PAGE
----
In my household my husband and I are equal career contributors. Both of us cover the bills. Both of contribute to savings. Both of us work to play. While our career contributions are about parallel, the expectations of managing our career responsibilities alongside parenting responsibilities are not. It’s a topic that I continue to struggle with three years in.
For background reference, I’m a special projects manager who has worked remotely since the summer I learned I was first pregnant. My company has an Austin office, but since my team is located in other cities and since I have to travel for specific projects or team meetings anyway, remote work fits with my role. My husband, on the other hand, works as an operations manager in a more traditional industry. He leaves the house before our daycare even opens, and on the occasion he’s able to make it home for pick-up, it’s pretty much on-the-closing dot. For him and his company remote work and flexibility are like a foreign language.
What does this mean?
It means I am in charge of the wake-up routine and daycare drop-off each and every morning. It means I am in charge of daycare pick-up each day after work. It means that when our kid is sick or daycare is closed for holidays, it is my responsibility to figure it out. The only thing that gets me off the hook – meaning my husband has to figure it out – are no-choice commitments like travel. All other times, my husband’s work trumps all.
It means that unless there is intentional coordination, I am responsible for daily drop-off, pick-up and back-up childcare coverage.
It means my husband’s daily expected (not negotiated or coordinated) responsibilities regarding work-day childcare are zero.
On regular weeks (which seem few and far between these days) this isn’t the end of the world. But when work and/or life gets a little crazy, when I really need to work late (even if this is from home), when I’m super exhausted (growing baby #2 currently) or when I’d just like a general break to go exercise or run errands, I could really use some built-in, consistent co-provider support. I don’t want coordination to be a big a production, an argument or feel like a “favor.”
I don’t want to be the sole responsible party for all things child when it comes to managing parenting and work.
This subject is kind of hard to talk about, though. It’s hard to talk about with my husband because he has a career, provides income, would be more available if his company/position allowed more flexibility and in general is a supportive husband and active parent. It’s hard to talk about because it makes me sound whiny and ungrateful. It’s hard to talk about because I feel guilty, judged or completely misunderstood.
I get to work from home. I have a boss and department that 100% support “do what you have to do.” I get to avoid rigid morning routines, sitting in traffic and get so much personal time with my son. I get to be the dependable mom.
I appreciate all of these things. I appreciate my team and company for these very reasons, and these are part of the reasons why I stay at my current job. I appreciate the chance for a bit more quality work-life blend than others may traditionally get.
I know I am lucky. I know.
Honestly, I don’t even mind bearing this load 80% of the time, but 20% of the time I’m over here stressed, floundering and trying to pretend that everything is okay. At this moment I’m 6 months pregnant with a plate full of major strategic projects I’m trying to tidy up before heading out on maternity leave. And in this moment, I’d kill for a week of just being able to do what I need to do at work on the timeline I need to do it, for my own short-term sanity if anything, not necessarily as the new norm.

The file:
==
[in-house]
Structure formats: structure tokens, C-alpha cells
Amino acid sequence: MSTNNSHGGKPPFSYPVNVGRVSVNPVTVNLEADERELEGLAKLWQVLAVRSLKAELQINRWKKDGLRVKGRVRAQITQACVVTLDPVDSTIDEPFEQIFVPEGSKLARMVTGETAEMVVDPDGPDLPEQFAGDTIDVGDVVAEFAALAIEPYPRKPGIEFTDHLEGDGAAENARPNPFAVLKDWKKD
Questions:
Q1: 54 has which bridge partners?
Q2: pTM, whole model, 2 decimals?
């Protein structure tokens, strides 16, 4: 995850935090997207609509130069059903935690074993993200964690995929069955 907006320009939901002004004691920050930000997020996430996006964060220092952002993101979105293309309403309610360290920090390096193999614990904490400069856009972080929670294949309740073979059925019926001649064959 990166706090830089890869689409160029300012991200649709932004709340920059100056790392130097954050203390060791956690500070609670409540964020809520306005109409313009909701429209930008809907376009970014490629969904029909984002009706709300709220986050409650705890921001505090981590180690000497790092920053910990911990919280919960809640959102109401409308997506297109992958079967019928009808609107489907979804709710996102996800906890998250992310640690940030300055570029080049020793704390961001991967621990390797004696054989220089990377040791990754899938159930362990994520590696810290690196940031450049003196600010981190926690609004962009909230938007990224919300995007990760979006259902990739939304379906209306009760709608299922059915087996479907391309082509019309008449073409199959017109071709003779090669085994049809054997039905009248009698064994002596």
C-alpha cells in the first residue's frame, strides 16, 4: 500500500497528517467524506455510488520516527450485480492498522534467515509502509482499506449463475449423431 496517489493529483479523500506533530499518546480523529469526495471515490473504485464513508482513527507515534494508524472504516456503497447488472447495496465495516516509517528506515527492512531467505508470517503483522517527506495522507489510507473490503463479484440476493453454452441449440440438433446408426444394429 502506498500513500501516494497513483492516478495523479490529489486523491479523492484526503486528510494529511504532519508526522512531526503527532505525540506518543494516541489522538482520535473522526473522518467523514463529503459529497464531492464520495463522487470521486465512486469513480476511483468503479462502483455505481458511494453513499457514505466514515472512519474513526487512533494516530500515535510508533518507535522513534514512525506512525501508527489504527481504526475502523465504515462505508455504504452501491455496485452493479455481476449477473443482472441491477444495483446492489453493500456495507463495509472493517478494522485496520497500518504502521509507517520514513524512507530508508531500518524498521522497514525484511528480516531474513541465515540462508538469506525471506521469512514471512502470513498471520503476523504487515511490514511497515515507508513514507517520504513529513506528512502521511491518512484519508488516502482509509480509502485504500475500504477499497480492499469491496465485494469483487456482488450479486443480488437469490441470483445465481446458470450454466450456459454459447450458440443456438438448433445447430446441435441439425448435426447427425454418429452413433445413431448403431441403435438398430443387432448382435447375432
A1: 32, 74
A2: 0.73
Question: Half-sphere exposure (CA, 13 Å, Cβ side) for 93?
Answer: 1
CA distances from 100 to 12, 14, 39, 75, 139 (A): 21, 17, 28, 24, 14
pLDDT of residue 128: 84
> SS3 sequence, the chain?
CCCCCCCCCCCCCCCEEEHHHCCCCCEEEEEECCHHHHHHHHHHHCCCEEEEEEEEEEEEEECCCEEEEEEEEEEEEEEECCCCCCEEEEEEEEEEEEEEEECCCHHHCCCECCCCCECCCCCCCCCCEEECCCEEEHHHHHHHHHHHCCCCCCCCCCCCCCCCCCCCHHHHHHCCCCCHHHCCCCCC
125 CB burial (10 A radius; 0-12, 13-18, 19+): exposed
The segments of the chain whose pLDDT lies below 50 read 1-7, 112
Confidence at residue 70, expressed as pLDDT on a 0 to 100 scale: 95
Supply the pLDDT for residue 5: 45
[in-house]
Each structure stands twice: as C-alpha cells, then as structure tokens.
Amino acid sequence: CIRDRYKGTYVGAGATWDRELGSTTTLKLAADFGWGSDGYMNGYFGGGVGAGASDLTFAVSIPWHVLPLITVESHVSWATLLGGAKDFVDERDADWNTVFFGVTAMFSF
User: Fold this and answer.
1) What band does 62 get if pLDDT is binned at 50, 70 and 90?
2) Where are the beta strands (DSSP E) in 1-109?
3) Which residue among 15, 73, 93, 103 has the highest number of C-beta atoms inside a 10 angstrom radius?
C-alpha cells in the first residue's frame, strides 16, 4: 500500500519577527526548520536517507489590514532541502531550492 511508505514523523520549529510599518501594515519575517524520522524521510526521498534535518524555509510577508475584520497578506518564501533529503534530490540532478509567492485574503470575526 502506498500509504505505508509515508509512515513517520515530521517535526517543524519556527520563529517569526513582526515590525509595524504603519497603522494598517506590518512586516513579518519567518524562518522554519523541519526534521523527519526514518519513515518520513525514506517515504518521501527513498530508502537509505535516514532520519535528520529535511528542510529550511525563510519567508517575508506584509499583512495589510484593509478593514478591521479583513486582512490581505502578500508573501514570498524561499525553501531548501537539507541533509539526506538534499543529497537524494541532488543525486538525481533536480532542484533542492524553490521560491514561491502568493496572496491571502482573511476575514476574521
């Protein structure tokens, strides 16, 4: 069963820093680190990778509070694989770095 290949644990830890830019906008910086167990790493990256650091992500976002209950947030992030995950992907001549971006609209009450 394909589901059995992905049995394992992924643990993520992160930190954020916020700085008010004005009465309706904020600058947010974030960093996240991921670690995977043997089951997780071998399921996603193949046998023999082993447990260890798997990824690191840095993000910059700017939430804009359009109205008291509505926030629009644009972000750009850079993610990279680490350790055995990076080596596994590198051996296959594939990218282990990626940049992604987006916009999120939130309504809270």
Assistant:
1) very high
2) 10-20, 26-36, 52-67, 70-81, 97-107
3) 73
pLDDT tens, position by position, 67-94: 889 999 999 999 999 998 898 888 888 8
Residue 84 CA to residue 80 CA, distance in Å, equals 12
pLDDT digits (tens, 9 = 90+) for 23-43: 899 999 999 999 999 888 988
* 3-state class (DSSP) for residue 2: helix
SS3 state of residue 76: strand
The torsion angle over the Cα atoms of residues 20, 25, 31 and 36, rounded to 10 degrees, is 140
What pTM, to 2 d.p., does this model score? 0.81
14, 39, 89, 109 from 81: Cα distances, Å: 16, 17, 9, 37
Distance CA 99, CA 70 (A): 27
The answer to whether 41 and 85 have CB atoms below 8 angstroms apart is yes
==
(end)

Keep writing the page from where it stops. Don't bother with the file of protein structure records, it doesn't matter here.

This is when I need that other equal parenting half.
I would love to know where other parents stand on this issue. I feel like many working moms are more than content in juggling both their career and the bulk of parenting, whether it’s subconsciously impacting them or not, and I have a hard time being able relate.
Are you an equal career contributor but bear an unequal amount of parenting responsibility? If so, how do you manage and navigate those feelings? And does anyone feel like the expectation of men vs. women in the workplace is completely unrealistic and unfair? When are companies – yes, even those traditional male-dominated industries – going to stand up and say, “You, Dad, go do what you have to do… no guilt, judgement or questions asked?” In my world, if your work is getting done, how or when it gets done doesn’t really matter.
(Note, I’m in an exempt role. I am not familiar with the intricacies of how non-exempt or hourly roles would play out in this conversation, though I’m sure there are major discussions warranted.)
I think there have been major improvements in our society regarding work-life integration.
I also think there are plenty of improvements to still be made. It would be helpful if moms didn’t have to be the only leader on figuring out balance.
This has to be recognized by companies. This has to be recognized by men. This has to be recognized by dads. This has to be recognized by other moms who are magical unicorn fairies and have no problem bearing the weight of the world. This subject needs more discussion in a judgement-free zone.
When a sole breadwinner doesn’t exist in a household, when both parents are trying to pursue careers, when being a stay-at-home mom isn’t an option (or the right path) for a mom, this has to be more than an internalized topic of conversation.
We need to start talking about realistic solutions all across the board, and all sides need to be involved.
We’d love to hear about the dynamic in your home!